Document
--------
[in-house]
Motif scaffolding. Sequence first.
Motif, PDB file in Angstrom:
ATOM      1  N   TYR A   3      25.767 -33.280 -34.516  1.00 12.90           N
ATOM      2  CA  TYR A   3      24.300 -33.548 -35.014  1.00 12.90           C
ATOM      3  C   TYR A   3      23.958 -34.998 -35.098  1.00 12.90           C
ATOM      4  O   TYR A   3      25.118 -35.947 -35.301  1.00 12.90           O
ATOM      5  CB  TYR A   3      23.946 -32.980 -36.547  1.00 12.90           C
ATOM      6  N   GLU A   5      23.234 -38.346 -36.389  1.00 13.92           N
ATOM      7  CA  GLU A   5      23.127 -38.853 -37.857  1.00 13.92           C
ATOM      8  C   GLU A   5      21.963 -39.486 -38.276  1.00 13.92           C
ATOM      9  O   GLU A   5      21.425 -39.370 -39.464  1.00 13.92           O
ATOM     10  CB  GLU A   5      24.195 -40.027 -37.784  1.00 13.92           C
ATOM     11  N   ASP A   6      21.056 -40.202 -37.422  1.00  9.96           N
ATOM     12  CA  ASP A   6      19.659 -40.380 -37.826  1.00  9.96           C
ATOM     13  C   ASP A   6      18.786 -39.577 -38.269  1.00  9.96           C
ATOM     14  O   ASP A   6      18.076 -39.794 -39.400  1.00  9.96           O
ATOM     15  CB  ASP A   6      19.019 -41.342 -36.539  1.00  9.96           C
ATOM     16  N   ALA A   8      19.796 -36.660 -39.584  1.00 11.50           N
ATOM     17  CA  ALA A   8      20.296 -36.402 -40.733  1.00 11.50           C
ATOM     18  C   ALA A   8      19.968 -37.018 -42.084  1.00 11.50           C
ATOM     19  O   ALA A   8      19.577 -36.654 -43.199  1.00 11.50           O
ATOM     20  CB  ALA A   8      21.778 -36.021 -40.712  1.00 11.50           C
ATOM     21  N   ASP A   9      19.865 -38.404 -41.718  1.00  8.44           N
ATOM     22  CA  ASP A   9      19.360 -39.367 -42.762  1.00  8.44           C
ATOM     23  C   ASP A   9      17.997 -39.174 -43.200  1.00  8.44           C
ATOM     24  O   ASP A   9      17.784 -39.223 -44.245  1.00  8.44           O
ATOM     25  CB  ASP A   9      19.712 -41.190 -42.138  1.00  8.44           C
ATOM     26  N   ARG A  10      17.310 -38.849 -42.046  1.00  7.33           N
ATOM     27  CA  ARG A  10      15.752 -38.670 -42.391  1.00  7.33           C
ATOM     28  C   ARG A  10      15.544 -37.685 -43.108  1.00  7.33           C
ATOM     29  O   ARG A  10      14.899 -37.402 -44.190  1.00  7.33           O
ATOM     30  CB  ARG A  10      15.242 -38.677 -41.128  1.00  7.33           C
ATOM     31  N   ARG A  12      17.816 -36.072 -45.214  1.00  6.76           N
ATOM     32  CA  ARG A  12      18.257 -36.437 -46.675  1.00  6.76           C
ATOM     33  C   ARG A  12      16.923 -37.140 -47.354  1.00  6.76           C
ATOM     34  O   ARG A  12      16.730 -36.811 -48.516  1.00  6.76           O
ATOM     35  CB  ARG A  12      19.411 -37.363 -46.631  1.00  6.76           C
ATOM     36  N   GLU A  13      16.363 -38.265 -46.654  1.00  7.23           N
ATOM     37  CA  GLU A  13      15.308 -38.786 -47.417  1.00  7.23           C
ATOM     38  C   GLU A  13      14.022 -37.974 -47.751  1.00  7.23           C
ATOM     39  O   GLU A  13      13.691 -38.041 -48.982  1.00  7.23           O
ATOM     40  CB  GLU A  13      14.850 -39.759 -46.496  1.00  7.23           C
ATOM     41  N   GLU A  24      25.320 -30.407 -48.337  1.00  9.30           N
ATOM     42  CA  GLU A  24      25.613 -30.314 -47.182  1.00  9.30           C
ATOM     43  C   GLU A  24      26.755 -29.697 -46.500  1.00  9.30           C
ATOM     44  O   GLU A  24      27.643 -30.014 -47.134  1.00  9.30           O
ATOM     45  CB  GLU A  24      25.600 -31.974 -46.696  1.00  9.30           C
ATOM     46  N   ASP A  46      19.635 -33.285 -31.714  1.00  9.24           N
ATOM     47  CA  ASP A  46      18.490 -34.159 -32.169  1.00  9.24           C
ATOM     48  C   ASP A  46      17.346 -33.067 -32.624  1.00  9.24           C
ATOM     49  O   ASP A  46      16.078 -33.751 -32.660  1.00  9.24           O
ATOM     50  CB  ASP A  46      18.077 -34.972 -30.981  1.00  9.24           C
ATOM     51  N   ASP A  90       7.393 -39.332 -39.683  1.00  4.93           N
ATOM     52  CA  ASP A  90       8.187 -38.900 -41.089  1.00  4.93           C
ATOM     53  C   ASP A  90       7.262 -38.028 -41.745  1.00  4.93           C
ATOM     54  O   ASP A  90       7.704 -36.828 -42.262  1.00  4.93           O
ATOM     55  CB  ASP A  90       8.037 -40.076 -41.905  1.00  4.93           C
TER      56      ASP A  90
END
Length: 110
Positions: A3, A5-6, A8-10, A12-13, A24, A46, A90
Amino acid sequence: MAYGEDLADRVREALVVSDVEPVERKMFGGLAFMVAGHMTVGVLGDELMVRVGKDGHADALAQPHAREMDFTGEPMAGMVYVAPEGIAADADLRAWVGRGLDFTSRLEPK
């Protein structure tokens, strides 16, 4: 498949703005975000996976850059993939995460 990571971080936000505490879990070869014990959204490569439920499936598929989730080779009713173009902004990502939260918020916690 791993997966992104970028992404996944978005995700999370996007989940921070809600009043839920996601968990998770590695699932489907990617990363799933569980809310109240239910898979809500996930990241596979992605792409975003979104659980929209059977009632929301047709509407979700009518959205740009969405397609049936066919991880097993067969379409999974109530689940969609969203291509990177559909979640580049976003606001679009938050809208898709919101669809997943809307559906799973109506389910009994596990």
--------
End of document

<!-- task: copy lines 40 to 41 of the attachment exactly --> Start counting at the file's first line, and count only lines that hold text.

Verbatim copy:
ATOM     37  CA  GLU A  13      15.308 -38.786 -47.417  1.00  7.23           C
ATOM     38  C   GLU A  13      14.022 -37.974 -47.751  1.00  7.23           C